One of the first things customers notice about Style Key West is the color. This happens rather organically since the shop displays are designed with that purpose in mind. But it's really achieved through far more involved planning than the effortless appearance would let on. One of the more subtle elements involved is the thought put into the selection of fabrics and upholsteries. This is where many people get a little lost and it's one of the primary reasons that they end up hiring decorators.
While I was growing up, my mother always seemed to be working on home design projects, whether professionally for clients or just for our own house. So there was a constant clutter of swatches and samples either spread out on tables or tucked away in shelves.
I would sometimes play with them and often pilfered scraps for my own little craft projects. For example, my short lived career as a designer of discarded jewelry boxes covered in wallpaper remnants. This ended when I had finished covering the three little boxes we had in our apartment - a shame since they were pretty impressive with ribbon detail and panel inlays. But I should have been doing my spelling homework anyway, so it was probably all for the best. Epilogue: I still have one of them and I'm telling you - it's GOOD!
With that level of immersion, it comes as no surprise that I LOOOOOVE textiles. My favorite task in my many stints as teenage shop assistant at The Kellogg Collection (where my mother was a designer) was organizing the fabric shelves. It was then that I developed a bit of a Chinoiserie fetish.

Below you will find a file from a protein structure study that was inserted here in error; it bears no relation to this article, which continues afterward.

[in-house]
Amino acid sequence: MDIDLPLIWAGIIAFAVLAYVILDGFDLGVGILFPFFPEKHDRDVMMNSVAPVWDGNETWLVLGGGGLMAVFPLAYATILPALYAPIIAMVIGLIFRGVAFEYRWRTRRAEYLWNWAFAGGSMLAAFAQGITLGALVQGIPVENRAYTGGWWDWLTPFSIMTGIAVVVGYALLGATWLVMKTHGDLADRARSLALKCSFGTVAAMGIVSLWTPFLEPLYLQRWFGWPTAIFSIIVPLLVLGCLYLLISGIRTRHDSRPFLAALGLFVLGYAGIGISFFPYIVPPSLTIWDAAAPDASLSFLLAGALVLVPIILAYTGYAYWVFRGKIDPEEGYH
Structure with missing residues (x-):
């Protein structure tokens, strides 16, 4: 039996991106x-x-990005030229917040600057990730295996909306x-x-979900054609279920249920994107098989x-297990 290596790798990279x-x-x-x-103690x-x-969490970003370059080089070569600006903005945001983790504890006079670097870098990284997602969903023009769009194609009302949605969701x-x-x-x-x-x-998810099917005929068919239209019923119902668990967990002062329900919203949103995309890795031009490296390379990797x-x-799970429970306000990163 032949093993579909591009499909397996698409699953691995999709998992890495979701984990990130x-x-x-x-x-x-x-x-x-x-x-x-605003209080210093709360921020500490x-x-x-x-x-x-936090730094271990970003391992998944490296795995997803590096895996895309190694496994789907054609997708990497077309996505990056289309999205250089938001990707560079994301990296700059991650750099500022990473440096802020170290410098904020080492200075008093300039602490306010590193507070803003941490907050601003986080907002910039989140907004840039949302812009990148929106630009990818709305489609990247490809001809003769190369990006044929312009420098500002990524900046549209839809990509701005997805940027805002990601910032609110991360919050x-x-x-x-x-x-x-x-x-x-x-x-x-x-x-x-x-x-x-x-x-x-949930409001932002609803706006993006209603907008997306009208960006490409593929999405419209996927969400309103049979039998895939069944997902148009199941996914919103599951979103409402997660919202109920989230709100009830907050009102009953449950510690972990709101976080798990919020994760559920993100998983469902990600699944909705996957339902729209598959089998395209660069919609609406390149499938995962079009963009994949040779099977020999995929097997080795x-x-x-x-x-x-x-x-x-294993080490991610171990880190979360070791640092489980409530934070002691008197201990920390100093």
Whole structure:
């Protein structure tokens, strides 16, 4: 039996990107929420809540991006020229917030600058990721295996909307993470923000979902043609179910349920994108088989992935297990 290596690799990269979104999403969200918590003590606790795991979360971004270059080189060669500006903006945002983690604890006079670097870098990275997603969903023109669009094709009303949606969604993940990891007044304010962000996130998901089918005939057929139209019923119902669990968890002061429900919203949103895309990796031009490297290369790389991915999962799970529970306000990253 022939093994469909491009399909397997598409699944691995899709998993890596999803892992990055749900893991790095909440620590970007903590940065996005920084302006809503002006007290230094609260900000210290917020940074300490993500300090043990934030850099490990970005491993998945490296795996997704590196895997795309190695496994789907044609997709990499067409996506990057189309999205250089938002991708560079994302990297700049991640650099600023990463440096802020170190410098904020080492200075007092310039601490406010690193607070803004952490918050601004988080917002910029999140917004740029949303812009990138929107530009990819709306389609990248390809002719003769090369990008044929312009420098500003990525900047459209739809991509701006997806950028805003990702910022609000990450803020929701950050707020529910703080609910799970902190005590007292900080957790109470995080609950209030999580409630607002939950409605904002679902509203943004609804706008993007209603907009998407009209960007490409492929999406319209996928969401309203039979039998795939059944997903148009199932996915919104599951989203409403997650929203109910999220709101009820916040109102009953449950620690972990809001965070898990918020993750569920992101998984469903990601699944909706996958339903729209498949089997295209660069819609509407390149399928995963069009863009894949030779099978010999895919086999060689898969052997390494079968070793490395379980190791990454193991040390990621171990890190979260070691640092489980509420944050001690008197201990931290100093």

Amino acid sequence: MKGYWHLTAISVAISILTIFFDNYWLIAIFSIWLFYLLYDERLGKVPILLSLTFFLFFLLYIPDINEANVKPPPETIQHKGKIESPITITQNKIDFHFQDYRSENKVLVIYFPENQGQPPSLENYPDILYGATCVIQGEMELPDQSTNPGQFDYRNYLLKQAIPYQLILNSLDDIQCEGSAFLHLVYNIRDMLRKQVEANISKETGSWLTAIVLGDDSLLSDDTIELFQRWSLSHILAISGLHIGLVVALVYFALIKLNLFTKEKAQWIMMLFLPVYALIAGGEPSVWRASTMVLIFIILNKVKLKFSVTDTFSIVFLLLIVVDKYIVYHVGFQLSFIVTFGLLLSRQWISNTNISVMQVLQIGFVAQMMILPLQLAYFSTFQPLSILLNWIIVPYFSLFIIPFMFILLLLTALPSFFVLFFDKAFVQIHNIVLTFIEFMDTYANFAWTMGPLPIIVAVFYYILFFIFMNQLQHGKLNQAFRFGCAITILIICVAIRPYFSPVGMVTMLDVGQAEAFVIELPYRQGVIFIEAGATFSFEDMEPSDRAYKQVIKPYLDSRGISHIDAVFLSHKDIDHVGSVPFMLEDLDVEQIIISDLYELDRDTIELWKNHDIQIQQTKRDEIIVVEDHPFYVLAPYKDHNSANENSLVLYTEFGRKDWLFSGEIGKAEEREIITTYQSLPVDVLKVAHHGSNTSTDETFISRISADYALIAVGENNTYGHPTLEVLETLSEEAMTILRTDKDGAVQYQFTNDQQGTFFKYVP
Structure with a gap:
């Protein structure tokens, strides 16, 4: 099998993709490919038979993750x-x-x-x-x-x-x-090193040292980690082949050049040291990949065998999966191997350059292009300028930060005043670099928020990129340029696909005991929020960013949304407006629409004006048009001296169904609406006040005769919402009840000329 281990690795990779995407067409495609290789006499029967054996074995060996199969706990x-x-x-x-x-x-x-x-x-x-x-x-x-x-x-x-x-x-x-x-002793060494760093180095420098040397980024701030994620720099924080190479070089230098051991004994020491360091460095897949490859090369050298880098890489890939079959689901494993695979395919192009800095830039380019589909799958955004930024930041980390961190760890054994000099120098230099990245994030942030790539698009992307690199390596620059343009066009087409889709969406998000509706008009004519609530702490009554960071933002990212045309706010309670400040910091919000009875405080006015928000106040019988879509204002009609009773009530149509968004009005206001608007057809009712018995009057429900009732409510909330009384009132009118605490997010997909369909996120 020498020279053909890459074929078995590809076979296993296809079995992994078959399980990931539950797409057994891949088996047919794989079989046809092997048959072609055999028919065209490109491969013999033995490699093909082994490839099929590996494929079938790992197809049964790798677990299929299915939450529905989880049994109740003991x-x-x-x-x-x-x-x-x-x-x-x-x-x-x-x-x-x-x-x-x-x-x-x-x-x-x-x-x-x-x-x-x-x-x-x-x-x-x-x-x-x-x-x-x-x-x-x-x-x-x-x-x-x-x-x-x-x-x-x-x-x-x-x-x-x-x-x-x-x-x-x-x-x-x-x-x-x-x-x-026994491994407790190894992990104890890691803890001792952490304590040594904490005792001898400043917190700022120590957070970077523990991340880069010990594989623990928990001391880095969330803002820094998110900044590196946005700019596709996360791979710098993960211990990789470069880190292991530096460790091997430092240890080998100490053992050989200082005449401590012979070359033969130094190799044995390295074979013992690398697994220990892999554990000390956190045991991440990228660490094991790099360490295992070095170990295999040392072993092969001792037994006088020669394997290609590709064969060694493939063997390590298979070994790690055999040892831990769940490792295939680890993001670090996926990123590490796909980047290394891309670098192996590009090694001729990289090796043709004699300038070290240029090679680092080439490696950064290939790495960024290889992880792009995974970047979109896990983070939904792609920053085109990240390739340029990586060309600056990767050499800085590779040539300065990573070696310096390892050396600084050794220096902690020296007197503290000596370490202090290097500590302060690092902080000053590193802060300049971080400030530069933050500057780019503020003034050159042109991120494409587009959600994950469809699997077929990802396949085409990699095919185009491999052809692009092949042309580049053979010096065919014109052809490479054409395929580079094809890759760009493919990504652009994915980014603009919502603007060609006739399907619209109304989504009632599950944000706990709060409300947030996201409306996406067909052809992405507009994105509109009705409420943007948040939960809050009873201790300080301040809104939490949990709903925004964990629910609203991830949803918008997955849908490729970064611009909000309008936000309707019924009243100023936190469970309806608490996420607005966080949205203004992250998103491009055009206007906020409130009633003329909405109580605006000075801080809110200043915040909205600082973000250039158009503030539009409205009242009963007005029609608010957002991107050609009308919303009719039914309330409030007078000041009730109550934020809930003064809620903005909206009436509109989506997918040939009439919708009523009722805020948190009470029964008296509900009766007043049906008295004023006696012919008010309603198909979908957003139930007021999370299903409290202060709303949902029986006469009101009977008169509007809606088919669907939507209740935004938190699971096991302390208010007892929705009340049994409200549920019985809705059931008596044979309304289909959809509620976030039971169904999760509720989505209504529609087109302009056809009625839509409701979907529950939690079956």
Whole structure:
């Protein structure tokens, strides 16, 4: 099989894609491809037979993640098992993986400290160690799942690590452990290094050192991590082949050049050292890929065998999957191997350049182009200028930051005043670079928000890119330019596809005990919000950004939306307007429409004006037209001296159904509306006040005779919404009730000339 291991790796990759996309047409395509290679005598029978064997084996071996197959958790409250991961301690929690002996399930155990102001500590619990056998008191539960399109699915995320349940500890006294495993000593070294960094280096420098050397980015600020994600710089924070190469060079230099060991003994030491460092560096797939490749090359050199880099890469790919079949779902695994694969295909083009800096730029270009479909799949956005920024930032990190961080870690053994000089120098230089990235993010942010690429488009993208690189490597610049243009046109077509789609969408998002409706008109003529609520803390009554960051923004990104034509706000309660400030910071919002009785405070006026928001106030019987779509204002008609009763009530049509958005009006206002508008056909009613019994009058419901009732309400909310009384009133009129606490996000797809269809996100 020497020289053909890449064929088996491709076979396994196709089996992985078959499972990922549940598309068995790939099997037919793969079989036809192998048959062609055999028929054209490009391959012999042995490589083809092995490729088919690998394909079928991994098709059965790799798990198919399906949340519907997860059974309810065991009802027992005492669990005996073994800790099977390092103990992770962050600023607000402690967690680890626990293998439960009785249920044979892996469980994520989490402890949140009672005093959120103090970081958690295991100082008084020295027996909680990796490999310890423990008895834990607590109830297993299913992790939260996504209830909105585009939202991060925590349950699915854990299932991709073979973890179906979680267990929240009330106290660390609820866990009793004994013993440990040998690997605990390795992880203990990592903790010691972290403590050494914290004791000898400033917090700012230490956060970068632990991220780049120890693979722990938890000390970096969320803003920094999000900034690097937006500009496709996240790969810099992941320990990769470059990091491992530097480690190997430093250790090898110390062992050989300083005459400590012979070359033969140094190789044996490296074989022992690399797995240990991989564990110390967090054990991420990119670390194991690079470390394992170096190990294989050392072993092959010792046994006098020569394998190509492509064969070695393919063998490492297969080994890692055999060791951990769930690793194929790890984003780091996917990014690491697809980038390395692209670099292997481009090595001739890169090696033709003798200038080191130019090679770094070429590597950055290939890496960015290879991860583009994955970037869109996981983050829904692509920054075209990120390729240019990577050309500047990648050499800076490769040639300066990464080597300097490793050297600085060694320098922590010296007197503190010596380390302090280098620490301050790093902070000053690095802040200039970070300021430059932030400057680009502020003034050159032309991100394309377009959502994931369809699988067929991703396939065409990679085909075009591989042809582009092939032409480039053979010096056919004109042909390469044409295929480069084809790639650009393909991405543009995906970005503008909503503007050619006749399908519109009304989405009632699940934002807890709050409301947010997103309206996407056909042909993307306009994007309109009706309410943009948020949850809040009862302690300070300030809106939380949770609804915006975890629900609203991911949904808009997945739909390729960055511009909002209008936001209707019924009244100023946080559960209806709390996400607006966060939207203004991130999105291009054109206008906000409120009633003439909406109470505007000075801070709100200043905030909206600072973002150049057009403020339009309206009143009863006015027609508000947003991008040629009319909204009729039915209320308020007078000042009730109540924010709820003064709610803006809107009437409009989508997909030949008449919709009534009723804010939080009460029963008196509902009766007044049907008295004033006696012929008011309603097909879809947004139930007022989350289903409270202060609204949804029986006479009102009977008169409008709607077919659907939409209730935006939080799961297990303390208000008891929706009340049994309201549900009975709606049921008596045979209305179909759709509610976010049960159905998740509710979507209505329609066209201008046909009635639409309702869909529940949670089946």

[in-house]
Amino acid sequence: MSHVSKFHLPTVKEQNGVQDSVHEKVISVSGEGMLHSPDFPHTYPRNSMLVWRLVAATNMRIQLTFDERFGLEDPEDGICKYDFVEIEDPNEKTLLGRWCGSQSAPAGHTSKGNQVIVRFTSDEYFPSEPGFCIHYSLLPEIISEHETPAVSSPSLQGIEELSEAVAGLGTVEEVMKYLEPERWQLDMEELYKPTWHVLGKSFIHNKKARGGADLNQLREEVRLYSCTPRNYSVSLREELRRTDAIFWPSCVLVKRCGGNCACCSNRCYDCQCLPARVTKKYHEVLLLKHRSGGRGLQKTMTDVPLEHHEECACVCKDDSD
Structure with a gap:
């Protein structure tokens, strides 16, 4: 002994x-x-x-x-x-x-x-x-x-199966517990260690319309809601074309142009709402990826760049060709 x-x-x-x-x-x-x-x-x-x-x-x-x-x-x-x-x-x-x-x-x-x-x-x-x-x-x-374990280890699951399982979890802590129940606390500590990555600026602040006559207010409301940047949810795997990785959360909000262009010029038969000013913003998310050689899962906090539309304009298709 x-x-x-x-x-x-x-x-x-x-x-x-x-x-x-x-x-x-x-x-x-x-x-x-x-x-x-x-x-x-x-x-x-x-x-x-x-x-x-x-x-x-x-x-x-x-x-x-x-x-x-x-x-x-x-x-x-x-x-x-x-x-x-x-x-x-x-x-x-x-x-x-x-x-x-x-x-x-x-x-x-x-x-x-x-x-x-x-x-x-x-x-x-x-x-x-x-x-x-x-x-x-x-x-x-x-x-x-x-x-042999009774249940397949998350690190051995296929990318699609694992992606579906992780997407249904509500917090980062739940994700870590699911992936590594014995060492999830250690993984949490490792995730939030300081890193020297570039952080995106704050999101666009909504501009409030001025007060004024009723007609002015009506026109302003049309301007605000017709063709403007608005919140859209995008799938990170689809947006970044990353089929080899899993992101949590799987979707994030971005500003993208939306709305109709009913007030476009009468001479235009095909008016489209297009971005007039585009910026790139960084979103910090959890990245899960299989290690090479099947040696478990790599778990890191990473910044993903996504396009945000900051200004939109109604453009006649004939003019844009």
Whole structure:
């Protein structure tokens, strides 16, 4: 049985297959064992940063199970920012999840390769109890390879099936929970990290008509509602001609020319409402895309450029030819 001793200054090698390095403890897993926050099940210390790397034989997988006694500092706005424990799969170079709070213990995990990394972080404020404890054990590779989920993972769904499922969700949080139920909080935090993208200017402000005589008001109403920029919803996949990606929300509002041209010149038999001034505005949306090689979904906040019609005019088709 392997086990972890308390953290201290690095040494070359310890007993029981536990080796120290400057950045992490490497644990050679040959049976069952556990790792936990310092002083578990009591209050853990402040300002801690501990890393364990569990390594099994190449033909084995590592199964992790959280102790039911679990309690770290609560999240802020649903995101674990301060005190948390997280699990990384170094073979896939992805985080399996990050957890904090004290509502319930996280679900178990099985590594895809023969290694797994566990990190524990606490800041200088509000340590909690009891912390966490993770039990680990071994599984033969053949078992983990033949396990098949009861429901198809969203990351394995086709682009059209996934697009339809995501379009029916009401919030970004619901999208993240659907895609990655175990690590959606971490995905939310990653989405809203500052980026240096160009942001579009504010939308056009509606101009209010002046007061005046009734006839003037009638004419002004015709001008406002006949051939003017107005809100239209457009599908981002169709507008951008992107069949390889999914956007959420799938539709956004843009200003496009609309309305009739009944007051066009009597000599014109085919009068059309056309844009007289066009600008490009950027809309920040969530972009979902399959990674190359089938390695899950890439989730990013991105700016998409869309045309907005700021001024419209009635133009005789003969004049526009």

But in spite of my own appreciation for such things, I assumed that such interests were really for older women who sipped tea from fine china while discussing plans for their new country houses. Fine fabrics seemed very...well, decadent I guess. And not for the masses.
And maybe it was - before DIY stopped meaning "poor" and started meaning "talented." Which you can now see as textile designers are targeting people online, not just people with design center passes. Anyone can hop on their computer and order beautiful fabric.
AND - as that demand has developed, a new form of marketing has created entirely new perspectives on branding. One which immediately springs to mind is that of "household name" designers. In the case of this topic - fabric designers whose names carry caché.
Did you recognize any of the fabrics above? Probably - since they are all popular Amy Butler prints. It's next to impossible to visit a home design blog that doesn't reference Amy Butler at some point. And many use her fabrics in their own desgin projects and products. Even Etsy shops will make sure to label their products as being made with Amy Butler fabric.
And the good people at Amy Butler Design know their worth. Just visit the website and see the virtual shop front filled with bags, rugs, bedding, paper... It's kind of unstoppable.
And there are other powerhouse design studios working toward the same thing. For example, Joel Dewberry has a beautiful, user friendly website to go with his well recognized fabric designs.
Right now, you can only purchase Joel Dewberry fabrics through other sources, but you can find a whole list of those websites and shops on the Where to Buy page. Not to worry though - an online shop is "coming soon."
I could go on and on about all of the great indie lines sprouting up all over Etsy (also visit Spoonflower, Repro Depot and Purlsoho.com for more).
But this is getting epic, so I'll just leave you with some images of Pine Cone Hill, another great home textile company that Style Key West carries:
Do you have a textile obsession? What are your favorites?